All the emails have now gone out to writers who reached every stage of the process. So if you sent a script but haven’t received an email from us – please check your junk/spam mail, and check the email account is working fine. And if it still isn’t there, then email into our general inbox with ‘Script Room’ in the subject header and your full name and script title in the body of the email, and we’ll endeavour to get back to you. But be patient – we’re a very small team.

To those who didn’t make it through – don’t be disheartened, but do make sure that if and when you submit another script to us in the future, make sure you give it the time, effort and development it needs before you send it off. Even if that means waiting not just for the next submissions window, but the one after that. Because another strong feeling from the readers was that many scripts just hadn’t been developed and reworked and rewritten enough before they were submitted. And to those who did progress through, well done – and bear with us while the readers take a full look at your script.


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  • rate this

    Comment number 1.

    I feel like Brian Clough when he was rejected for the England Manager's job.

  • rate this

    Comment number 2.

    Only 6% were successful. I find that very disappointing.

  • rate this

    Comment number 3.

    yes its a disappointing outcome to months of work, the email was very short on detail as to what is the missing factor in 80 percent of the work submitted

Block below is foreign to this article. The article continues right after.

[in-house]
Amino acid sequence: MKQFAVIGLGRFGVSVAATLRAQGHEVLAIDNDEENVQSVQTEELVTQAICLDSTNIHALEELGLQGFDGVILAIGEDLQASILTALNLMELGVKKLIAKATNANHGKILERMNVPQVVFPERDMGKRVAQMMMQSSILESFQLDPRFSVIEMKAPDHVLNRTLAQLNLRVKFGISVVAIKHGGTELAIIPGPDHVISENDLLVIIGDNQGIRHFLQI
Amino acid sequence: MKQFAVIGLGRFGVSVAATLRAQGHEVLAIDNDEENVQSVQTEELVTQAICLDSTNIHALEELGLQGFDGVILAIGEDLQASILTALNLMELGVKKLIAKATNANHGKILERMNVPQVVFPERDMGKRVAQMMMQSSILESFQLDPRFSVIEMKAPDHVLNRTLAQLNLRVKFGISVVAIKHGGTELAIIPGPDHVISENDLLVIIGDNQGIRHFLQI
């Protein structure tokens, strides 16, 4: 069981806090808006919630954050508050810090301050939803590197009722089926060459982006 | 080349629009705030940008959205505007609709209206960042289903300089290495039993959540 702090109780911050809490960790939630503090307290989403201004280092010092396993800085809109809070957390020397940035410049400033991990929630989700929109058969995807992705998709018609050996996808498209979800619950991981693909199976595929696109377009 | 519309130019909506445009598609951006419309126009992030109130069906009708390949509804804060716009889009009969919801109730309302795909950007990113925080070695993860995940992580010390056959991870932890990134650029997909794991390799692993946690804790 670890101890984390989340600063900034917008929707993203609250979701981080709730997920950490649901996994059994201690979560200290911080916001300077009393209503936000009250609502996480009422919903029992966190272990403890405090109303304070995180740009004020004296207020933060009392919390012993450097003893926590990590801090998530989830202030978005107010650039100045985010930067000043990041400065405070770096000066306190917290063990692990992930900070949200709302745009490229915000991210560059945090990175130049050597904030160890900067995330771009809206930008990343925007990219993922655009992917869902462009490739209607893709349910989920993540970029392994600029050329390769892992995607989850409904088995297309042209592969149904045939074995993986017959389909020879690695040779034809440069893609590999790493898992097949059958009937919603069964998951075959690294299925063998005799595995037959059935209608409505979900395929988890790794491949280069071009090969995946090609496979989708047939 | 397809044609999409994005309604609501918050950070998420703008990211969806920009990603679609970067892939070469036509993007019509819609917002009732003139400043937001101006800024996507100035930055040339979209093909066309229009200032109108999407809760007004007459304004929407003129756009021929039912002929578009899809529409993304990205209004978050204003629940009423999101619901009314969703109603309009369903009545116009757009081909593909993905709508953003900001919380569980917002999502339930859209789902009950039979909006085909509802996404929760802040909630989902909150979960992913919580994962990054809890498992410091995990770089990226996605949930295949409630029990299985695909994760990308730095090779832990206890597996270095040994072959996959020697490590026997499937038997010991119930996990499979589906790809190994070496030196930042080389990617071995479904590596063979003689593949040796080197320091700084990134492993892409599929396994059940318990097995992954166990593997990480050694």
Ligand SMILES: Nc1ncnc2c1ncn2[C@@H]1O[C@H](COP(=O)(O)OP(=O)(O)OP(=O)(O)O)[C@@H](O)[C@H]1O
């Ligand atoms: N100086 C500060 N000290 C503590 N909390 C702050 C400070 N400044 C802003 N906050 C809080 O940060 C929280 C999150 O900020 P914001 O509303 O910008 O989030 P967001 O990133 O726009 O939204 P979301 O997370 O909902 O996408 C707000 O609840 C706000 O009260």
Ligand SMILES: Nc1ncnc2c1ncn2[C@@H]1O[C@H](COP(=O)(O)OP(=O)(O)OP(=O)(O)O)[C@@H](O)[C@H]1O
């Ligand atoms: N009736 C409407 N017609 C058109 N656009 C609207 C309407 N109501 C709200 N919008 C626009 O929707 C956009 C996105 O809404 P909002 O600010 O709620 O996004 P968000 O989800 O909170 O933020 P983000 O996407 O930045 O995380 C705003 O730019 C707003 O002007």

I find the whole system (not just the BBC writers room) odd...following all the advice about writing about what to do and how to do it and when to do it......I just want to know why is there so much rubbish produced for the screen and television ???

  • rate this

    Comment number 4.

    Very interesting. I am one of the fortunate ones to have made it through to a full read but I was quite surprised at how drastic the cull was. The introduction of the second sift explains why so few people made it through.

    As to those who are a bit disappointed not to make it through, this is the fifth script I have written and the second to get a full read but it is the first time I have really found my own voice. My other scripts were trying too hard to be something that realistically might get commissioned but this time I just wrote what I had to write and stopped second guessing what other people might think. If you enjoy writing then just keep on going. Find something that only you could say and say it.

  • rate this

    Comment number 5.

    I am not surprised. As a reader for competitions myself. I see it all the time. Work that shows signs of talent but ideas not fully developed or unoriginal stories. It's such a shame and I'm sure the readers felt depressed about turning so many scripts down. You see, there are hundreds of people like that who are talented but are unable yet to harness this talent. Don't give up. Just keep working at it, trying to improve, improve, improve. You will get there if you put the work in and get advice from the right people.

    I know so many writers who have been rejected by WR who are now writing for TV, Radio and/or who have won awards. It's part of the journey. So enjoy the pain!

    P.S. I agree with @Greentea. Just write from the heart. Tell the story that only you can tell. It really is the key.